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Matt Higgins, MEDILL

First Financial Credit Union Chief Executive Officer Patrick Basler describes the business model of FFCU

First Financial Credit Union growth in-line with credit union industry

by Matt Higgins
Jun 5, 2013

Matt Higgins, MEDILL

Sam Brown and his wife Ann Hightower-Brown discuss the reasons why they joined First Financial Credit Union

People wary of banks and searching for better interest rates have been moving toward credit unions like Chicago’s First Financial Credit Union. First Financial, mirroring a national trend, has increased deposits, loans, and members over the last five years, right through the recession.

“We never got into the collateralized mortgage obligations,” First Financial Credit Union Chief Executive Officer Patrick Basler said in an interview, referring to the financial instruments that helped crash the nation’s economy in 2008.

FFCU was formed in 1936 as Teletype Employees Credit Union, a financial institution for the employees of AT&T Teletype Corp. It received its charter from the state of Illinois in 1971, becoming First Financial Credit Union in 2000. All deposits up to $250,000 are insured by the National Credit Union Administration; that's the same coverage provided by the Federal Deposit Insurance Corp. for banks and thrift institutions.

FFCU has seven branches in the Chicago metropolitan area. Like all credit unions, its membership is restricted by state and federal laws. Under the Illinois Credit Union Act, a member of FFCU is either someone in the credit union’s select employee groups, or living in the Chicago-suburban zone bounded by Dempster Avenue on the north, Ridge Avenue on the east, Irving Park Road on the south, and Highway 294 on the west; or, a member may be someone who is a blood relative or spouse of a member.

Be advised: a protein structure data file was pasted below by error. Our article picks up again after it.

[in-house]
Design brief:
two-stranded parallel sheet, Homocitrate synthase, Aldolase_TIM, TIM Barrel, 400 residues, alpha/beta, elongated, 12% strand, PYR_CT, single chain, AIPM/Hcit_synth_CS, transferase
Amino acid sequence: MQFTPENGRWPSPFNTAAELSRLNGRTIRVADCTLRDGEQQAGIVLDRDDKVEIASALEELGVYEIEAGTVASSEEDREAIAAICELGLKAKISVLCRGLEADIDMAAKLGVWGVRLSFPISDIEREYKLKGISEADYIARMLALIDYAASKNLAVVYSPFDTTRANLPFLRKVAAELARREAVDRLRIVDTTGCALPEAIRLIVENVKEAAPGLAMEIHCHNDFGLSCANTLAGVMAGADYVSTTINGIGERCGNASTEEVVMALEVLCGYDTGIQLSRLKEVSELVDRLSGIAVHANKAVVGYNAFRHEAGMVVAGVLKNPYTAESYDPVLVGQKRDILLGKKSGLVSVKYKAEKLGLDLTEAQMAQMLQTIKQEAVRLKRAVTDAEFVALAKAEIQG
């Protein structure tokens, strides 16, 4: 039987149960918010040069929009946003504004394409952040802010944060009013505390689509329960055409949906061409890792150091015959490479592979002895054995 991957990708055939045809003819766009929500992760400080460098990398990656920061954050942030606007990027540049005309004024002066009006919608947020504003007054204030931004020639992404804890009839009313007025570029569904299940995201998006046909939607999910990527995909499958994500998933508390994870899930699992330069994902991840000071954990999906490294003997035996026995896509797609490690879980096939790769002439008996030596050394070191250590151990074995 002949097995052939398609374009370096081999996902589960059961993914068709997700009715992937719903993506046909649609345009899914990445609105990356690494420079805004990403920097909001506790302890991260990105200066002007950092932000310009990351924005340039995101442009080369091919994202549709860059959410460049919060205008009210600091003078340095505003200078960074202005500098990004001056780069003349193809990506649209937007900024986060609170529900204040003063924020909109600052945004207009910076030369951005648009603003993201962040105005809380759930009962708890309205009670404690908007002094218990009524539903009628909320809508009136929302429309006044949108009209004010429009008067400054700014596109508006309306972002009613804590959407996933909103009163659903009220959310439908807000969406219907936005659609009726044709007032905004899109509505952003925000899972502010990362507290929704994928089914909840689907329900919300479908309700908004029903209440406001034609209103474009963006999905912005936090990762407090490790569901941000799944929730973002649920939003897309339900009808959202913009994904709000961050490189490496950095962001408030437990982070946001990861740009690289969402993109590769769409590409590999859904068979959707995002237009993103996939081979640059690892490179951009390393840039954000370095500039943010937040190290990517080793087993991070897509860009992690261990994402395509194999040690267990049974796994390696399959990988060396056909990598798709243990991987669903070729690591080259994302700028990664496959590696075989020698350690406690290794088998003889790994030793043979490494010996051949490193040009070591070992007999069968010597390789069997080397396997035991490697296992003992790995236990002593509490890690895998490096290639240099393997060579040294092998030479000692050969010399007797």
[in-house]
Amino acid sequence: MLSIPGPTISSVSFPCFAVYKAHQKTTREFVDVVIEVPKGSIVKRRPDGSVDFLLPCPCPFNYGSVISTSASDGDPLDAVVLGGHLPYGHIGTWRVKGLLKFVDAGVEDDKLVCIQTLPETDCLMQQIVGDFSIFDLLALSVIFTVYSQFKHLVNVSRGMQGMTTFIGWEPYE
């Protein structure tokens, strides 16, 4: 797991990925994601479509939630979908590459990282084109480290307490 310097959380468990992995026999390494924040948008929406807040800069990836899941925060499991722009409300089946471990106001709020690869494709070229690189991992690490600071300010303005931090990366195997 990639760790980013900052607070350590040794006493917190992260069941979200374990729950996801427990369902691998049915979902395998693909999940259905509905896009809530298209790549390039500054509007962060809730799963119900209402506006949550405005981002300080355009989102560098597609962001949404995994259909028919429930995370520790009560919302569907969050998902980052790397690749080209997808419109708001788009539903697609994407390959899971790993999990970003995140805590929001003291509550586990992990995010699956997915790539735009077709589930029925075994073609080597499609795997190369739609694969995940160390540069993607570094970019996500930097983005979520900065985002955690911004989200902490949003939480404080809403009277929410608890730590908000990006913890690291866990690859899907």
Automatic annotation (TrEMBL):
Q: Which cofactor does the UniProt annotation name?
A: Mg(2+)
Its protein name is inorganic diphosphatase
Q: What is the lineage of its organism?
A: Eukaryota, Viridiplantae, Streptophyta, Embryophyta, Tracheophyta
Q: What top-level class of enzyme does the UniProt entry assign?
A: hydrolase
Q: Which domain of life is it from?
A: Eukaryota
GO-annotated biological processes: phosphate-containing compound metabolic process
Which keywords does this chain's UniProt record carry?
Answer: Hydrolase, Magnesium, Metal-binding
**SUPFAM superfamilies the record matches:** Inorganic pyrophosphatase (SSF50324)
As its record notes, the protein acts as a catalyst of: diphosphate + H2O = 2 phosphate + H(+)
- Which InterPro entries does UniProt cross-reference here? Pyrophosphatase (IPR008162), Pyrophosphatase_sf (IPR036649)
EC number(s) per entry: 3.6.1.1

Among eligible company groups are employees of S & C Electric Co. which has units across the U.S. and in Asia, Europe, and Mexico, and employees of Advocate Lutheran General Hospital in suburban Park Ridge.

According to Jordan Modell, chief executive officer of Internet Credit Union in New Jersey, three features make credit unions attractive to consumers and thus competitive with banks. First, credit unions are built around its members, not around investors, and as such are not-for-profit. Second, credit unions have lower overhead costs; since they have fewer branches, they have less upkeep and maintenance. Third, there is “total camaraderie amongst credit unions. . . . We’re the ‘It’s a Wonderful Life’ institution,” Modell said in an interview. 

According to Basler, every person who has at least $5 in a savings account at FFCU is a member, and as a member, is eligible to serve on the board of directors and to vote on agenda items at the credit union’s annual meeting.

“You think of a bank structure, and you can have a shareholder who sits on the board of directors making decision on fees, but they don’t have an account at the bank,” Basler suggested.

FFCU continued to increase its deposits and loans in the first quarter of 2013. Deposits grew 5.5 percent to $57.9 million from the year-earlier $54.9 million; its loans increased 18.6 percent to $38.4 million from the 2012 quarter’s $32.4 million.  

Ninety percent of FFCU’s deposits are personal, not business, Basler said.

Credit unions deposits and loans have been increasing as well.  In the fourth quarter 2012, which are the most recent figures available, credit union members increased by more than 2 million from 2011; total loans approached $600 billion; and total deposits were almost $878 million. Every year since 2007, through the recession, credit unions have increased their members, loans, and deposits.

“I’ve had bad experiences with different banks, and my wife heard good things about this credit union, so we decided to come here,” Sam Brown, a customer who joined FFCU in May 2013, said in an interview immediately after making his first deposit.